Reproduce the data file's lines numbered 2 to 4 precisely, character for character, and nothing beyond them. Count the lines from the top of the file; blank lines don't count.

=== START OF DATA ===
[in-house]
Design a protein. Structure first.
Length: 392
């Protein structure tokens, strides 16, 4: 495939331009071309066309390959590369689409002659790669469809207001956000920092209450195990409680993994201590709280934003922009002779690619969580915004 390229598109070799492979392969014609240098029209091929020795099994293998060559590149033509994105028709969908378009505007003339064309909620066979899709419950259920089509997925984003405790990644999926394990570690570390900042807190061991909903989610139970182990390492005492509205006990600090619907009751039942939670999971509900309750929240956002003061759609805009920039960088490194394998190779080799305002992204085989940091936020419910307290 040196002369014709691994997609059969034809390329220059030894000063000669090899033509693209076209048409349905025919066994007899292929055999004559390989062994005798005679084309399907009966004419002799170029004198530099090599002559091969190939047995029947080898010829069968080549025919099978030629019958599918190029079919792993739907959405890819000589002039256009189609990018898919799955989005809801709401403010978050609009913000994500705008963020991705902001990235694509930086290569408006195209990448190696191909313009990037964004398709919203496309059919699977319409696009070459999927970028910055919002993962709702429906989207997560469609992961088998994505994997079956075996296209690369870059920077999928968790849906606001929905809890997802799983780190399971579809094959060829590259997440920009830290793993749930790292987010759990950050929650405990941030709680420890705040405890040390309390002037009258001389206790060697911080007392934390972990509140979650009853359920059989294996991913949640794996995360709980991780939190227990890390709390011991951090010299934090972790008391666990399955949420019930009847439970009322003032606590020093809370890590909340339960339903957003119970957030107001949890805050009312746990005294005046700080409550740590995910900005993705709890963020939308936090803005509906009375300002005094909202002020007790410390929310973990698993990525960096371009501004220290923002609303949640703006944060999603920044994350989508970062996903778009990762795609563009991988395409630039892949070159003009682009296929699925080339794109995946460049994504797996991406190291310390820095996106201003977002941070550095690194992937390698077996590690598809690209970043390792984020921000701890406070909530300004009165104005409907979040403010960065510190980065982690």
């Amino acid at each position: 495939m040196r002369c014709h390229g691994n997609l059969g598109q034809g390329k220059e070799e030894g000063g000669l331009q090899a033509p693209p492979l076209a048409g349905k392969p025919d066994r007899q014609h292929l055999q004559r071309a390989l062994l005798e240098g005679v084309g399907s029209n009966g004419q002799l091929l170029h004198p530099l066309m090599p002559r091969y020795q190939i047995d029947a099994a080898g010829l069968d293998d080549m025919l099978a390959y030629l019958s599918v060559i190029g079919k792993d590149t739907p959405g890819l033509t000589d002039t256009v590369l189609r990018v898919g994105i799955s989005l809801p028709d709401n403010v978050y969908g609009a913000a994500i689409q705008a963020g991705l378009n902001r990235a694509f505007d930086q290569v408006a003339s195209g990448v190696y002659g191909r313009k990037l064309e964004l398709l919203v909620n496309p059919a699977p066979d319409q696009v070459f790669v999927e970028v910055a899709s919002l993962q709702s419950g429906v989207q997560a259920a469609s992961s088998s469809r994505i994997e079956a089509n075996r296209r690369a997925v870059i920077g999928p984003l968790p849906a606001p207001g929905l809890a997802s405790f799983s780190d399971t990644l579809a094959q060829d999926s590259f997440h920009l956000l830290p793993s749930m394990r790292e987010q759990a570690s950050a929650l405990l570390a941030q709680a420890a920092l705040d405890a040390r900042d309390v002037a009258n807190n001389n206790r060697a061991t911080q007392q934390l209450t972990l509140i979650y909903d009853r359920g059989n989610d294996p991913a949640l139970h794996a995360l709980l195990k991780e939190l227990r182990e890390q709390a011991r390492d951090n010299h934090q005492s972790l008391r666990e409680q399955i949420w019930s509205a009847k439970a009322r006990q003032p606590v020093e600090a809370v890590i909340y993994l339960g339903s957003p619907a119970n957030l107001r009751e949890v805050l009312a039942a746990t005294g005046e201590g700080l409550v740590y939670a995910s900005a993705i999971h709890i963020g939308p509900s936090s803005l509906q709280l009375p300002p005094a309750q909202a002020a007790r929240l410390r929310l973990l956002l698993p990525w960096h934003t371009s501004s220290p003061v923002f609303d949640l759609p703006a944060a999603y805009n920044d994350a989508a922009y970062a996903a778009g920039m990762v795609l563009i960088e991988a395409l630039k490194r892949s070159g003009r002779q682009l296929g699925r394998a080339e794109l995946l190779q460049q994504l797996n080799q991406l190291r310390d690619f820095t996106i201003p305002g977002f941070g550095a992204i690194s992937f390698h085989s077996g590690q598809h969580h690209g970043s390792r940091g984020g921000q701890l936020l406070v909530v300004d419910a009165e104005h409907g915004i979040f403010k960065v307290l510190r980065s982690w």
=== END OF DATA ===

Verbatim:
Design a protein. Structure first.
Length: 392
């Protein structure tokens, strides 16, 4: 495939331009071309066309390959590369689409002659790669469809207001956000920092209450195990409680993994201590709280934003922009002779690619969580915004 390229598109070799492979392969014609240098029209091929020795099994293998060559590149033509994105028709969908378009505007003339064309909620066979899709419950259920089509997925984003405790990644999926394990570690570390900042807190061991909903989610139970182990390492005492509205006990600090619907009751039942939670999971509900309750929240956002003061759609805009920039960088490194394998190779080799305002992204085989940091936020419910307290 040196002369014709691994997609059969034809390329220059030894000063000669090899033509693209076209048409349905025919066994007899292929055999004559390989062994005798005679084309399907009966004419002799170029004198530099090599002559091969190939047995029947080898010829069968080549025919099978030629019958599918190029079919792993739907959405890819000589002039256009189609990018898919799955989005809801709401403010978050609009913000994500705008963020991705902001990235694509930086290569408006195209990448190696191909313009990037964004398709919203496309059919699977319409696009070459999927970028910055919002993962709702429906989207997560469609992961088998994505994997079956075996296209690369870059920077999928968790849906606001929905809890997802799983780190399971579809094959060829590259997440920009830290793993749930790292987010759990950050929650405990941030709680420890705040405890040390309390002037009258001389206790060697911080007392934390972990509140979650009853359920059989294996991913949640794996995360709980991780939190227990890390709390011991951090010299934090972790008391666990399955949420019930009847439970009322003032606590020093809370890590909340339960339903957003119970957030107001949890805050009312746990005294005046700080409550740590995910900005993705709890963020939308936090803005509906009375300002005094909202002020007790410390929310973990698993990525960096371009501004220290923002609303949640703006944060999603920044994350989508970062996903778009990762795609563009991988395409630039892949070159003009682009296929699925080339794109995946460049994504797996991406190291310390820095996106201003977002941070550095690194992937390698077996590690598809690209970043390792984020921000701890406070909530300004009165104005409907979040403010960065510190980065982690």